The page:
Mayank Shekhar | Last Modified - Dec 21, 2012, 01:26 PM IST
The first time I tried to catch this film was at its premiere show at a mall in a working class neighbourhood Kurla in north Bombay. People in and around the neighbourhood had realised Salman Khan was going to be visiting. Crowds, mostly young men, pretty much took over the fancy mall, screaming by the escalator, running around the lobby, charging towards the barricades. Forget trying to get into the multiplex, exhausted by the whole experience I ran away, almost fearing for my life.
The second time I tried to watch this film was at a 9 am, first day first show. The theatre was almost packed. The audience was laughing away, even before bothering to hear the dialogues. They had come decided that would just love the movie.
You can review films. How do you review blind personal faiths, without quite being accused of heresy, or worse, blasphemy? Critics stick out like sore thumbs in the face of a phenomenon such as this. Never mind if that thumb is pointed up or down. I suppose reviewers in Chennai would know a thing or two about this. Super-hero Salman, in that sense, is closest to a caricature called Rajnikanth down south.
Sadly Pandeyji can’t romance in the same way as before. He’s married now. His wife Rajjo (Sonakshi Sinha) shops with his money, cooks and cleans, which is how he’d like things to be. As he taunts one of the villains Chunni: With a feminine name like that, what’s he doing here, “jaaye ghar basaye aur baap banne ka sukh de (he should go make a home and give the husband the pleasure of fatherhood).” But don’t get him wrong. Pandeyji loves his subservient wife. He tells her, “You’re not my slave. You can shout back if you want.” This is reassuring. The family is his weakness. He also lives with his father (Vinod Khanna) and brother (Arbaaz). This might make him relatively boring. But they don’t quite end up clipping the super-hero’s wings. Beyond the character, the songs sound repetitive and the stunts are pretty much all that you’ve come to expect from any action packed revenge dramas. As I said, the audience won’t mind and in any case, doesn’t care.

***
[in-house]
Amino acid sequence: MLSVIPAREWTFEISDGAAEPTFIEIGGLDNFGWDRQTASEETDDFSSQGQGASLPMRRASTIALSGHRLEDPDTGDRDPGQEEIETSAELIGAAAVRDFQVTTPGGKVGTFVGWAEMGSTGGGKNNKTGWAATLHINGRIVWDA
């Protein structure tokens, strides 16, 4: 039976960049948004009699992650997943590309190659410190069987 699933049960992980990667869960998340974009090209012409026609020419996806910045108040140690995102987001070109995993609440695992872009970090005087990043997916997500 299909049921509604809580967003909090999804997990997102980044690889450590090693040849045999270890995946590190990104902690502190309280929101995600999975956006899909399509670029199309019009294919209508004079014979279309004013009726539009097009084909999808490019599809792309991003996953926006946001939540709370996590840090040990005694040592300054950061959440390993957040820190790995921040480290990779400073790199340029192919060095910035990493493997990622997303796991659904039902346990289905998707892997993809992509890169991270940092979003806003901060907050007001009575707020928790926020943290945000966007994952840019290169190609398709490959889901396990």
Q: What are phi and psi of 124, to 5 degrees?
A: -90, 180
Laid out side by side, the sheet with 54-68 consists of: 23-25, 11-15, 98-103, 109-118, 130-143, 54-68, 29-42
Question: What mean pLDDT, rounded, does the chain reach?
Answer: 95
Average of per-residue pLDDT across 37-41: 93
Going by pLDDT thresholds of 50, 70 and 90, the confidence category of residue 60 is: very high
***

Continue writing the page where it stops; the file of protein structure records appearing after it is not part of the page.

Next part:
Given the recent series of similar, serious blockbusters, it appears you need three things to make a film work: Salman, Salman and Salman. Since there’s only one of those, he would do just fine. This relationship isn’t complicated. He shows up on the screen. His audience lands up in the theatre. This is how the third-rate Bodyguard or Ready became instant hits. Nobody knows or remembers the names of directors or co-actors of those movies.
Abhinav Kashyap’s Dabangg (2010), while a huge commercial success too, was still different. It was a film that was liked by audiences outside of the super-star’s worshippers. Unlike in the past, Salman played a character, rather than only himself. The film had a definite setting and it was in equal parts a self-aware spoof and sizzling entertainment. This explains the sequel.
Within two years, that same film has roughly been remade by Akshay Kumar (Rowdy Rathor, Khiladi 786) and by Ajay Devgn once (Singham). Dabangg 2 is relatively better than those movies but it hardly compares with the original.
As prophecied, if the world did come to an end on the day of the film’s release (December 21, 2012), you’d feel like a moron spending the last day on planet earth filling your mind and lowering your IQ with rubbish like this. Otherwise, you’d feel just fine, surrounded by Sallu’s bhakts who were probably in the theatre knowing that their super-hero in fact would save the world for them. He does. And yeah, like any other faith, this kind of idol worship is really hard to explain.